Hailing from the heart of Pōneke, Revulva is a fresh force in the NZ music scene with their unique fusion of jazz, funk, and new age soul grooves - not to mention elements of Latin, disco, and even some blues. Complete with a four piece of horns, some funk guitar, dynamic keys, and a tightly locked-in rhythm section, they’ve created a sound that lovers of dancing and genre bending songs can’t get enough of.
Revulva consists of many veterans of the Wellington music scene. Phoebe Johnson, lead vocalist and bassist, gathered Olivia Campion (drums), Zane Hawkins (guitar), Lily Shaw (tenor saxophone/flute and BVs), Toby Leman (tenor saxophone), Hugo Olsen-Smith (trombone, percussion), Hayden Richardson (trumpet), & Hector McLachlan (keys) to help bring the vulva vision to life. Forming in only July of 2020, they have released multiple singles that immediately gained traction and helped them grow a dedicated fan base in Wellington and beyond. This eight-piece has just released their highly-anticipated EP capturing some of the songs they’ve been performing in the past year.
Johnson describes “Girl's Gotta Eat”, the six-track EP, as “a collection of songs about what it's like to be a woman navigating life and the music industry”. As a fellow female, I relate deeply with their unapologetic and jocular remarks, and have had some great laughs listening to the lyrics. They paint the picture of what many women feel but may be nervous to say out loud. They are joyously outrageous, exemplified in the way they give crowds confidence to chant “I love p*ssy” at every one of their live shows.
“One Puff Wonder” is the first track of the EP, which the band describes as a tale of the intense social pursuit of pretending to smoke. It was inspired by the infamous San Fran balcony on Eyegum Wednesday evenings in Wellington. The way Johnson sings “Been told myself to sleep, but a girl’s gotta eat” describes the exhaustion of a woman working deep in the pockets of the music scene, refusing to say no to gigs, and working hard to make ends meet. Her vocals fall in a deep soothing register, hitting some soulful low notes. The chorus is anticipated by a single triangle ding that drops right into the groove of the song. The horns come in sounding like a latin jazz big band, with a pace you could easily dance the salsa to. Johnson describes herself as a “one puff wonder” who tries to resist the pressure to smoke, singing “two, and I’m under, three, I’m on the ground, feeling like the room is spinning round”.
With their second song, “Stop Pulling On My (Hair)”, they start out with a deep pocket bass line and upbeat drums, which are reminiscent of the bass heavy lines of new age funk icon Thundercat. The up-tempo beat resolves in the drawn out bridge section spiced up with a long wail from Johnson, anticipating the line “Stop pulling on my hair”. This song features a lovely solo from the trumpeter, Hayden Richardson.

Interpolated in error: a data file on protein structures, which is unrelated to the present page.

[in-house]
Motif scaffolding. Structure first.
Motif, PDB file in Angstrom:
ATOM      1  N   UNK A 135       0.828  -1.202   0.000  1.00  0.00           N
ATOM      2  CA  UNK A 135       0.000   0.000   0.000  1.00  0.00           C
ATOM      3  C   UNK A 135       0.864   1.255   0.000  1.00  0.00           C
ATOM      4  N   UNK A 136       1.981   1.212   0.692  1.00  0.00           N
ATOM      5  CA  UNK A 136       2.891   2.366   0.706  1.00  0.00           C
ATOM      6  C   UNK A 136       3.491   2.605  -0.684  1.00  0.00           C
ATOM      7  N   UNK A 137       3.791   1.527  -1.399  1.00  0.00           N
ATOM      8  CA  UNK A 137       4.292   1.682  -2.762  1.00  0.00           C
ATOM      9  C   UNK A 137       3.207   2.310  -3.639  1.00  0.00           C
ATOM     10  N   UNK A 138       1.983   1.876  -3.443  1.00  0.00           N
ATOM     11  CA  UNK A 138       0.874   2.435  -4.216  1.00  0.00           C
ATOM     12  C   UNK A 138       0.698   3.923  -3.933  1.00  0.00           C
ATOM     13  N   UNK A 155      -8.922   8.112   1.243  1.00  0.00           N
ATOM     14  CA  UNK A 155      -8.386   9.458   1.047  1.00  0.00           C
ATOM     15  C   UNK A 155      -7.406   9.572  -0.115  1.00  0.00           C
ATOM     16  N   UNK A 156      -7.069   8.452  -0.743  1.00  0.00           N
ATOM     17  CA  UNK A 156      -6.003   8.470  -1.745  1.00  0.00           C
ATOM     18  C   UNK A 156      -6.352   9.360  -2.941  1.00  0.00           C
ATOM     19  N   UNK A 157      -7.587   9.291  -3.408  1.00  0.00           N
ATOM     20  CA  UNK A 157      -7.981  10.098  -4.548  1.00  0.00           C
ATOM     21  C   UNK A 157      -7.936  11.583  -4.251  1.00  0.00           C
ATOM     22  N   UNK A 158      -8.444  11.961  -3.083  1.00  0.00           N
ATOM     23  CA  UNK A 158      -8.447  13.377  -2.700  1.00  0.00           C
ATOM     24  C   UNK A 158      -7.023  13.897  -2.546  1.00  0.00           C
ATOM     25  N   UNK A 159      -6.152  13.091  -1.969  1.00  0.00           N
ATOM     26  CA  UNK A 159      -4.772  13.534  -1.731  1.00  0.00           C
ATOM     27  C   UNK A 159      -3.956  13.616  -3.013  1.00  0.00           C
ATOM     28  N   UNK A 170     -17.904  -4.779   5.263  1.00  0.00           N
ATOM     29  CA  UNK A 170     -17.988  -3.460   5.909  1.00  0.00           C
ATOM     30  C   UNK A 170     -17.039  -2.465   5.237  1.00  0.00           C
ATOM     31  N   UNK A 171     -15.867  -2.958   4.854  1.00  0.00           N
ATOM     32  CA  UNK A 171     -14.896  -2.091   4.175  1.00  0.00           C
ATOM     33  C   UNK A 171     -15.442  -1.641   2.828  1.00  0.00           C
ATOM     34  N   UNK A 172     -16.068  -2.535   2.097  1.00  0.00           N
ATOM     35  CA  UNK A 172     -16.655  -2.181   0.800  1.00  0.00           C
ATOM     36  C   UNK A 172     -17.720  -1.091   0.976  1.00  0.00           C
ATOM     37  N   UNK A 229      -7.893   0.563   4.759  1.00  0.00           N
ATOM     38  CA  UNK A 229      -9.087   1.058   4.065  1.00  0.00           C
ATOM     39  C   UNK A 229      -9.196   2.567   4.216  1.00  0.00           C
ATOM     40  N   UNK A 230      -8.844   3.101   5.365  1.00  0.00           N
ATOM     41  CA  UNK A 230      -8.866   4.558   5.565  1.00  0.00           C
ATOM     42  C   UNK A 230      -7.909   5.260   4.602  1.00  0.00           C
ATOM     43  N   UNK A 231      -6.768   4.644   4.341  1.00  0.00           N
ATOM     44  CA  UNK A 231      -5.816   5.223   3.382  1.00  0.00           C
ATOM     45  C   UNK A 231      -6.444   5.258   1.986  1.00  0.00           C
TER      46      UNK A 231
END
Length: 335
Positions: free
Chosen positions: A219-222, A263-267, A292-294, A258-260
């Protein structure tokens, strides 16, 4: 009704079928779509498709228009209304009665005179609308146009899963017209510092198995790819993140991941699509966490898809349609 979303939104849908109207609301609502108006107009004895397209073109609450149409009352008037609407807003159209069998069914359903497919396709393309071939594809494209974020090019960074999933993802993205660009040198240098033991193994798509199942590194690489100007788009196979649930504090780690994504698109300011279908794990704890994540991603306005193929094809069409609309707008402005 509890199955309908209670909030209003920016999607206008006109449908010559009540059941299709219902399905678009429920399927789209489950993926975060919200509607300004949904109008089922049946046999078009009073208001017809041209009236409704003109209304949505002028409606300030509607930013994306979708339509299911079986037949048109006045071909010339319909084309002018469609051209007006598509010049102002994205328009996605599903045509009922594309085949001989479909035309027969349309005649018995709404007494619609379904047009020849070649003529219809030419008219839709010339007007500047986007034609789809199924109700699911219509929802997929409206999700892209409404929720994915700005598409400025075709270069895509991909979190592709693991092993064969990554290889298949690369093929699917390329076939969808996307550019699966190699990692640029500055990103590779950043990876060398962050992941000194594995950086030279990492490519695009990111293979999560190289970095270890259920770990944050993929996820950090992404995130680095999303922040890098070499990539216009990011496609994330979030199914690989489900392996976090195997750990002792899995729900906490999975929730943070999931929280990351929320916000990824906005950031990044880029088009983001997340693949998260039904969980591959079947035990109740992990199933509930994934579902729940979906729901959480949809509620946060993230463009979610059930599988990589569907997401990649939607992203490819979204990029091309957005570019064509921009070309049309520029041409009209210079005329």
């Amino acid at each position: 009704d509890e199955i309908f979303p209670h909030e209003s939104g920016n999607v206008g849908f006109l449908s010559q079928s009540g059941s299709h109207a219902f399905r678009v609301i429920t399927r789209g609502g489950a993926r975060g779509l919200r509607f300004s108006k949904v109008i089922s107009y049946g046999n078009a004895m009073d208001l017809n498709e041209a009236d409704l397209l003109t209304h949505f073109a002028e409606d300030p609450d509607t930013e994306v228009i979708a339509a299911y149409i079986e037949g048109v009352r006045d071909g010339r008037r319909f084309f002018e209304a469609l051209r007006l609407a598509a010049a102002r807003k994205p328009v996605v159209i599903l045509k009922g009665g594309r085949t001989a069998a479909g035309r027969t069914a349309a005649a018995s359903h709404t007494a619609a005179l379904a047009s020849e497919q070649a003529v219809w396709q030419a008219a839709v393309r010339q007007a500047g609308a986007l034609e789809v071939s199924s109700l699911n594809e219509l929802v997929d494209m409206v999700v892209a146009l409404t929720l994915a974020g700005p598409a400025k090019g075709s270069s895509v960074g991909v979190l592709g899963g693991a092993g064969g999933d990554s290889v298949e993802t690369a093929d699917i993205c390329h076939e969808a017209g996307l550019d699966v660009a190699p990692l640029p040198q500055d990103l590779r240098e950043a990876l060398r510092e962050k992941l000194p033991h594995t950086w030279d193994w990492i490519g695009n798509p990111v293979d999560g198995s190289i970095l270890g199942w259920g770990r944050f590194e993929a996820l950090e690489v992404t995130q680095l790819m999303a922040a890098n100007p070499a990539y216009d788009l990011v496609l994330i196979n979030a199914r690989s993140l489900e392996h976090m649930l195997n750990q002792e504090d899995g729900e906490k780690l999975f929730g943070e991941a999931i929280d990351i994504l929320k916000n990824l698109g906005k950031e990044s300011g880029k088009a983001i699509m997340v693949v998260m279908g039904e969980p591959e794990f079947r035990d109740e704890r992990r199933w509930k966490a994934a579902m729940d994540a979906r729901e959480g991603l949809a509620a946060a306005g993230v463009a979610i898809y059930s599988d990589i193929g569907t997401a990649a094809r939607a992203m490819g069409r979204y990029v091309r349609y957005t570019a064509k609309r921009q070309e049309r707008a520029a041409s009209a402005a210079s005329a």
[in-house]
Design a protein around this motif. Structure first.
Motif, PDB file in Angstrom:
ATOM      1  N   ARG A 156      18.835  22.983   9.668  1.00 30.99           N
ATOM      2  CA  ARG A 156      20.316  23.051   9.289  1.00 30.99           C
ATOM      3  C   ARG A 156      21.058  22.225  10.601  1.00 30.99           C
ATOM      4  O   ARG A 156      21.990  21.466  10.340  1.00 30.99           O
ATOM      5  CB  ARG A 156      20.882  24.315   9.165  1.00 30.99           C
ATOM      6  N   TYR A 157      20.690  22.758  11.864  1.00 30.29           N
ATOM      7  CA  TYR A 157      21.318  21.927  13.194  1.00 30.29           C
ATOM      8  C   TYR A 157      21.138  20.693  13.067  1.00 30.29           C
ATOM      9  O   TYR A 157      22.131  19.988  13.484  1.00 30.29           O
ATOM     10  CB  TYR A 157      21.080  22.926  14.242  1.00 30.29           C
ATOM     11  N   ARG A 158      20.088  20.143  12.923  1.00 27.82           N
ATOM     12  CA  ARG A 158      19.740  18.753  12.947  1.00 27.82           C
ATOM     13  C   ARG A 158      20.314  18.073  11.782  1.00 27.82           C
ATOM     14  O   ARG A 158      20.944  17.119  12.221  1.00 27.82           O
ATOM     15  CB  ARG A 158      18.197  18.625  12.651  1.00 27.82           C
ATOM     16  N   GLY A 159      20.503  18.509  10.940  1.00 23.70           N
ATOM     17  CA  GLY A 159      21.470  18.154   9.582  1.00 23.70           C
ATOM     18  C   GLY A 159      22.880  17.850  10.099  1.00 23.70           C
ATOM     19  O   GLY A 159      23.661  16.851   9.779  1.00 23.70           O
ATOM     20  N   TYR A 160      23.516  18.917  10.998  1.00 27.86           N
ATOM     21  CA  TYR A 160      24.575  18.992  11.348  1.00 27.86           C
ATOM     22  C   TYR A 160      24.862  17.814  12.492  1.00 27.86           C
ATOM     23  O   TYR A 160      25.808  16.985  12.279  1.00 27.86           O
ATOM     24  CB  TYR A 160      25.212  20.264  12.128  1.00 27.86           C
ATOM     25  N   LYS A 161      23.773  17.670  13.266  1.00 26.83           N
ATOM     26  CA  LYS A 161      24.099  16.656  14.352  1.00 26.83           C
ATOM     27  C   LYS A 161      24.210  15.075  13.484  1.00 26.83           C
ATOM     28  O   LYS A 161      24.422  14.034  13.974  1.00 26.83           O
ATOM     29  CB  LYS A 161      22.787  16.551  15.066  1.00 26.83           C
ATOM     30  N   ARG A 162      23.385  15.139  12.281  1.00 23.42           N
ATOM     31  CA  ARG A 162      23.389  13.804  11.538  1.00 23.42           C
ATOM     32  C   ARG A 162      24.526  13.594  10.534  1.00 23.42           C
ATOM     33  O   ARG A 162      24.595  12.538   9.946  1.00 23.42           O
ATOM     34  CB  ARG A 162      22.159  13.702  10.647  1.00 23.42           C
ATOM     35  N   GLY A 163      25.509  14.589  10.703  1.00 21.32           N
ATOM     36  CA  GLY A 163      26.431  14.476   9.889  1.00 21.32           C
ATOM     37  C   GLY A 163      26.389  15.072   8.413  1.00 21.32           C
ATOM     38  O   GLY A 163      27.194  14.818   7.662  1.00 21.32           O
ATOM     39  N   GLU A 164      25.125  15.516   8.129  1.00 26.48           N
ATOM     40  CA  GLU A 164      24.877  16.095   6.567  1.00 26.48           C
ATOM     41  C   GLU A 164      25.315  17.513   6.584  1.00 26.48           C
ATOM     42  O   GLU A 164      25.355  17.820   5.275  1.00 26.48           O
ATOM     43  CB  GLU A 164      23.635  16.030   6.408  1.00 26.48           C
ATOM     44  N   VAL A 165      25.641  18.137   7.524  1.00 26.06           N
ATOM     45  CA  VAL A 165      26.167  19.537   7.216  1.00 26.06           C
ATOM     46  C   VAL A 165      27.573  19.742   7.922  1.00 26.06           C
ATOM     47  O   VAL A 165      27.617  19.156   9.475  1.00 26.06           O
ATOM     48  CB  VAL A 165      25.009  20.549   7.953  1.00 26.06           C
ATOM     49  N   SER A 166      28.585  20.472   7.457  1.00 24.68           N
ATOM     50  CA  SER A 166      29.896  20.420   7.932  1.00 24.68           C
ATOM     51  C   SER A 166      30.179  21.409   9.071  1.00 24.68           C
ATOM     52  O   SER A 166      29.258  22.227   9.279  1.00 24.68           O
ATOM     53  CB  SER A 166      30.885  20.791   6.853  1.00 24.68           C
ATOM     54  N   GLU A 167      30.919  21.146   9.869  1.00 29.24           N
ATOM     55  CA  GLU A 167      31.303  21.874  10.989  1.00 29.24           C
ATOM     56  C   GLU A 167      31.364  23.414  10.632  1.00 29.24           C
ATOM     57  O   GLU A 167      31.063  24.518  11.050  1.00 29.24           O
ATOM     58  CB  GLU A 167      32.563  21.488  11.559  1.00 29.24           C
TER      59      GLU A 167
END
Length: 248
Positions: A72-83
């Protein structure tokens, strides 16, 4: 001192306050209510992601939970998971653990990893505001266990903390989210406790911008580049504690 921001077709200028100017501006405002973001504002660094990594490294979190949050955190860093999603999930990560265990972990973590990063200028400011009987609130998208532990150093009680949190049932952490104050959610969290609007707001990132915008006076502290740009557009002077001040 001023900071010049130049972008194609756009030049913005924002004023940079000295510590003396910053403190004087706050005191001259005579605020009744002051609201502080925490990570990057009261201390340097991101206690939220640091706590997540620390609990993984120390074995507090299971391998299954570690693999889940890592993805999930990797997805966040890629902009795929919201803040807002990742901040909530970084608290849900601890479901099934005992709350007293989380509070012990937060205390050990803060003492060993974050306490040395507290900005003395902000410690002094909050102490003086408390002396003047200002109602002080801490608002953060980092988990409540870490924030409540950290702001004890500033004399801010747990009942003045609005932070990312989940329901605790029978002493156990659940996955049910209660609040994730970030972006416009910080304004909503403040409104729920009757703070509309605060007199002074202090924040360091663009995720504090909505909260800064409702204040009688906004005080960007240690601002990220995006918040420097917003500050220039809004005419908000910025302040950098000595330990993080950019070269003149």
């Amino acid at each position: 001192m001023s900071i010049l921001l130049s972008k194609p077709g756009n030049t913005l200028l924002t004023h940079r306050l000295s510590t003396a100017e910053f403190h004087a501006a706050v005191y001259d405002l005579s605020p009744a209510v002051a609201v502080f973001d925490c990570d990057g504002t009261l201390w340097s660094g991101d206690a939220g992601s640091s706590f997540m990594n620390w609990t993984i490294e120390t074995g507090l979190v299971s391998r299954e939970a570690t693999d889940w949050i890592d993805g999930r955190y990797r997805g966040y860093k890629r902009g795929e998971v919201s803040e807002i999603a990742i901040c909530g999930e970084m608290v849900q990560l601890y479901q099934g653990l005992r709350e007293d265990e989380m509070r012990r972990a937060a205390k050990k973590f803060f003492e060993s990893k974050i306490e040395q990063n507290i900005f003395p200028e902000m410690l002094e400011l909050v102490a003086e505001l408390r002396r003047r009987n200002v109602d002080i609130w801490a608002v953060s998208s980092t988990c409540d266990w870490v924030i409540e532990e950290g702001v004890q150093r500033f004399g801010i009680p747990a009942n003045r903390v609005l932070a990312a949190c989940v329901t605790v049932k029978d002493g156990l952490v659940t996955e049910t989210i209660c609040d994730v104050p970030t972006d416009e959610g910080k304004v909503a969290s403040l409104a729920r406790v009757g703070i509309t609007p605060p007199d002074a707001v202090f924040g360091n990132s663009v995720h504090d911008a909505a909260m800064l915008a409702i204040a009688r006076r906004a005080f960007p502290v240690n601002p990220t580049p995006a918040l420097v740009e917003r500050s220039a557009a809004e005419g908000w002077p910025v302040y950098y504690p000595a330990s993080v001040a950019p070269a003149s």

“Sniffly Lady” starts out with a funky guitar line accentuated with a wah pedal, played by Zane Hawkins. This song fuses the tempos of their upbeat songs as well as the relaxing feel of “Tuning Out”. It speaks about a “sniffly lady” deciding whether or not to join in on the dance party, being held back by intense allergies and the need for antihistamines and loraclear to get through the day.
The band describes “Tuning Out”, the second single released by the octet, as the feeling of losing your mind at a party from feelings of social anxiety. It’s the first song on the EP that slows down to a relaxed groove, giving listeners the chance to catch their breath, and shows a more intricate side to the outfit. The tune begins with a tenor sax line that is reminiscent of Aretha Franklin's vocal melodies in her song “Call Me”. “I don’t want to talk/I’ll just nod my head/let’s just accept we are different people now/and I’m tuning out”, captures the social expectation to try to connect with someone that you may have lost touch with due to going down separate paths in life.
They throw a fun reprise to “One Puff Wonder” in the song "Two and I’m Under" - which features Toby Leman (one of the two (yes two) tenor saxophonists in the band) delivering a captivating-yet-relaxed spoken word rap.
Revulva released the last song, “Blood”, in early May as a single leading up to their EP release. The song was accompanied with a live video session shot in an urban tennis courtyard by local film/keys legend Ben Stewart, which doubled as a music video. Described as “an ode to all the uterus owners out there" Johnson unapologetically shares what it is to be female-bodied and face the reality that your time of the month is very near. It’s something not many women are confident enough to share, and you can tell it really hits home for the ladies in the audience as if Johnson was taking the words right out of their mouths. “I’m not weak/I’m at my peak/before I bleed/I’m all I need” The guitarist comes in with an incredibly catchy solo, which the horns later on emphasise in a slower groove section. This song closes out the EP beautifully, resolving the highs and lows of the tempos, emotions, and moods throughout the work.
I’ve had the chance to see Revulva a few times during the summer of 2021/22, and their enthralling live performances made them easily one of my favourite bands to watch in Aotearoa. Within just a couple years, they’ve played some prestigious venues and festivals (The Mussel Inn, Nest Fest, Tora Bombora), and I believe with their hard work, distinctive form of funk, and enchanting live performances, the band will continue to release great music.
Be sure to check out Revulva and “Girl's Gotta Eat” on all platforms, and swing by our Flying Nun Newtown Store to pick up a CD signed by all members of the band.